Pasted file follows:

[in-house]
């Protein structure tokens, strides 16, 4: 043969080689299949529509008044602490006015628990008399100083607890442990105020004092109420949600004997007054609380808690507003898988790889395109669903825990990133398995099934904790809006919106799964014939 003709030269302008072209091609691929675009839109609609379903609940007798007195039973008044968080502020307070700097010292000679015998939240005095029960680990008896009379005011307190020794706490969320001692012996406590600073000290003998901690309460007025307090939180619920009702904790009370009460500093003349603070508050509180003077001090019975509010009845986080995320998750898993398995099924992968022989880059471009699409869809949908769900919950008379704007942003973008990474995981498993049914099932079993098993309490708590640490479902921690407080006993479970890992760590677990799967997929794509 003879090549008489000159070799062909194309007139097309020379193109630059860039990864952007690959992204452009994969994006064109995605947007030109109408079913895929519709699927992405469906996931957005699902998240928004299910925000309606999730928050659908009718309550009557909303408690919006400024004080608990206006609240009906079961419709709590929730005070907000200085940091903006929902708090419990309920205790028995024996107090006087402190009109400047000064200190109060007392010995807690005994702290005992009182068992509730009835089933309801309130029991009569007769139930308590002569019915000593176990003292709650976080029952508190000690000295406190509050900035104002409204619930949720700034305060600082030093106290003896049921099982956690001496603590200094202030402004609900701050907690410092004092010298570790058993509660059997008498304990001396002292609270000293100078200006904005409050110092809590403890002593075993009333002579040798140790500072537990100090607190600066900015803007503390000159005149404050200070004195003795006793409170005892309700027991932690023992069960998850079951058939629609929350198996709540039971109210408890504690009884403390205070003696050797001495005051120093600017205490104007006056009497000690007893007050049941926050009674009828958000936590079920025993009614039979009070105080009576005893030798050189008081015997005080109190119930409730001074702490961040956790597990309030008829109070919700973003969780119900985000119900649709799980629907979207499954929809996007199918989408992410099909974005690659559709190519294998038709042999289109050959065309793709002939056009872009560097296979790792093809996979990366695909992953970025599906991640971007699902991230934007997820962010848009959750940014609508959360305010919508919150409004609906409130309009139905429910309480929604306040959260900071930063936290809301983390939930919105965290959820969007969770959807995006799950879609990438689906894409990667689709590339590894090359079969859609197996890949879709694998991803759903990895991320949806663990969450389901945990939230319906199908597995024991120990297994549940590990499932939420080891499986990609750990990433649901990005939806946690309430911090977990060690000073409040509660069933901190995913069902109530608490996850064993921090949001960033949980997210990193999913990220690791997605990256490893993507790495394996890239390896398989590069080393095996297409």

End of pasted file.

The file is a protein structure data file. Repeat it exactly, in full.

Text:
[in-house]
């Protein structure tokens, strides 16, 4: 043969080689299949529509008044602490006015628990008399100083607890442990105020004092109420949600004997007054609380808690507003898988790889395109669903825990990133398995099934904790809006919106799964014939 003709030269302008072209091609691929675009839109609609379903609940007798007195039973008044968080502020307070700097010292000679015998939240005095029960680990008896009379005011307190020794706490969320001692012996406590600073000290003998901690309460007025307090939180619920009702904790009370009460500093003349603070508050509180003077001090019975509010009845986080995320998750898993398995099924992968022989880059471009699409869809949908769900919950008379704007942003973008990474995981498993049914099932079993098993309490708590640490479902921690407080006993479970890992760590677990799967997929794509 003879090549008489000159070799062909194309007139097309020379193109630059860039990864952007690959992204452009994969994006064109995605947007030109109408079913895929519709699927992405469906996931957005699902998240928004299910925000309606999730928050659908009718309550009557909303408690919006400024004080608990206006609240009906079961419709709590929730005070907000200085940091903006929902708090419990309920205790028995024996107090006087402190009109400047000064200190109060007392010995807690005994702290005992009182068992509730009835089933309801309130029991009569007769139930308590002569019915000593176990003292709650976080029952508190000690000295406190509050900035104002409204619930949720700034305060600082030093106290003896049921099982956690001496603590200094202030402004609900701050907690410092004092010298570790058993509660059997008498304990001396002292609270000293100078200006904005409050110092809590403890002593075993009333002579040798140790500072537990100090607190600066900015803007503390000159005149404050200070004195003795006793409170005892309700027991932690023992069960998850079951058939629609929350198996709540039971109210408890504690009884403390205070003696050797001495005051120093600017205490104007006056009497000690007893007050049941926050009674009828958000936590079920025993009614039979009070105080009576005893030798050189008081015997005080109190119930409730001074702490961040956790597990309030008829109070919700973003969780119900985000119900649709799980629907979207499954929809996007199918989408992410099909974005690659559709190519294998038709042999289109050959065309793709002939056009872009560097296979790792093809996979990366695909992953970025599906991640971007699902991230934007997820962010848009959750940014609508959360305010919508919150409004609906409130309009139905429910309480929604306040959260900071930063936290809301983390939930919105965290959820969007969770959807995006799950879609990438689906894409990667689709590339590894090359079969859609197996890949879709694998991803759903990895991320949806663990969450389901945990939230319906199908597995024991120990297994549940590990499932939420080891499986990609750990990433649901990005939806946690309430911090977990060690000073409040509660069933901190995913069902109530608490996850064993921090949001960033949980997210990193999913990220690791997605990256490893993507790495394996890239390896398989590069080393095996297409």